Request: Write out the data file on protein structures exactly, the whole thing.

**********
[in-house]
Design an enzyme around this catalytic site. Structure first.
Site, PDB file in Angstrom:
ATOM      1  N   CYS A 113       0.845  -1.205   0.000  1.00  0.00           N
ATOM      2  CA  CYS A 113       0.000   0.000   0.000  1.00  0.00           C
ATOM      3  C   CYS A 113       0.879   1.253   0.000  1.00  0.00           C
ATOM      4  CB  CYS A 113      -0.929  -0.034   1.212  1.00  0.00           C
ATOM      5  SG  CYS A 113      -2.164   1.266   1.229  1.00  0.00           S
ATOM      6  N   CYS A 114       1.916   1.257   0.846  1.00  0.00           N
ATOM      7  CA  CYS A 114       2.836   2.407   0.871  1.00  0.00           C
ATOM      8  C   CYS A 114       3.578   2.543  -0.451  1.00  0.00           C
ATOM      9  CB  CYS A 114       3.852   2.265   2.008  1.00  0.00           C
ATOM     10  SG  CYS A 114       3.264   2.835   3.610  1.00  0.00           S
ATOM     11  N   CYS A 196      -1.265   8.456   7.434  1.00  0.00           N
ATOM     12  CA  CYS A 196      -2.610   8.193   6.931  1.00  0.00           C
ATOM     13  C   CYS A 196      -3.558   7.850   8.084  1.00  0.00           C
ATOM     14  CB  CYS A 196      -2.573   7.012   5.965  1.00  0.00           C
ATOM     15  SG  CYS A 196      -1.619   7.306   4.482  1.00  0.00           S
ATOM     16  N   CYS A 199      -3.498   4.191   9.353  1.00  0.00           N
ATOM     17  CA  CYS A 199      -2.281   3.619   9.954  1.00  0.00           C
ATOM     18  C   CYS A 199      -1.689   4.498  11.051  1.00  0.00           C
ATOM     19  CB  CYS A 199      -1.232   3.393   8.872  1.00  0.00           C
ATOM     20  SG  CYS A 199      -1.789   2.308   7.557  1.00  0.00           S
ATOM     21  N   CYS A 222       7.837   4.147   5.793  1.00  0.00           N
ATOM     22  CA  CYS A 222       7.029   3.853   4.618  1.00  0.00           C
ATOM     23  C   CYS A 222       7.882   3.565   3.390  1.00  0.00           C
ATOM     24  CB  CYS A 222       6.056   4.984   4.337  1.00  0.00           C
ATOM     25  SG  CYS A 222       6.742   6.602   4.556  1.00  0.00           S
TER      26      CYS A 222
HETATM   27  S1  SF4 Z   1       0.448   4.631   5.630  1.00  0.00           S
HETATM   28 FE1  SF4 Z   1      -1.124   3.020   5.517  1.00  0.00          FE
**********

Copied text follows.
[in-house]
Design an enzyme around this catalytic site. Structure first.
Site, PDB file in Angstrom:
ATOM      1  N   CYS A 113       0.845  -1.205   0.000  1.00  0.00           N
ATOM      2  CA  CYS A 113       0.000   0.000   0.000  1.00  0.00           C
ATOM      3  C   CYS A 113       0.879   1.253   0.000  1.00  0.00           C
ATOM      4  CB  CYS A 113      -0.929  -0.034   1.212  1.00  0.00           C
ATOM      5  SG  CYS A 113      -2.164   1.266   1.229  1.00  0.00           S
ATOM      6  N   CYS A 114       1.916   1.257   0.846  1.00  0.00           N
ATOM      7  CA  CYS A 114       2.836   2.407   0.871  1.00  0.00           C
ATOM      8  C   CYS A 114       3.578   2.543  -0.451  1.00  0.00           C
ATOM      9  CB  CYS A 114       3.852   2.265   2.008  1.00  0.00           C
ATOM     10  SG  CYS A 114       3.264   2.835   3.610  1.00  0.00           S
ATOM     11  N   CYS A 196      -1.265   8.456   7.434  1.00  0.00           N
ATOM     12  CA  CYS A 196      -2.610   8.193   6.931  1.00  0.00           C
ATOM     13  C   CYS A 196      -3.558   7.850   8.084  1.00  0.00           C
ATOM     14  CB  CYS A 196      -2.573   7.012   5.965  1.00  0.00           C
ATOM     15  SG  CYS A 196      -1.619   7.306   4.482  1.00  0.00           S
ATOM     16  N   CYS A 199      -3.498   4.191   9.353  1.00  0.00           N
ATOM     17  CA  CYS A 199      -2.281   3.619   9.954  1.00  0.00           C
ATOM     18  C   CYS A 199      -1.689   4.498  11.051  1.00  0.00           C
ATOM     19  CB  CYS A 199      -1.232   3.393   8.872  1.00  0.00           C
ATOM     20  SG  CYS A 199      -1.789   2.308   7.557  1.00  0.00           S
ATOM     21  N   CYS A 222       7.837   4.147   5.793  1.00  0.00           N
ATOM     22  CA  CYS A 222       7.029   3.853   4.618  1.00  0.00           C
ATOM     23  C   CYS A 222       7.882   3.565   3.390  1.00  0.00           C
ATOM     24  CB  CYS A 222       6.056   4.984   4.337  1.00  0.00           C
ATOM     25  SG  CYS A 222       6.742   6.602   4.556  1.00  0.00           S
TER      26      CYS A 222
HETATM   27  S1  SF4 Z   1       0.448   4.631   5.630  1.00  0.00           S
HETATM   28 FE1  SF4 Z   1      -1.124   3.020   5.517  1.00  0.00          FE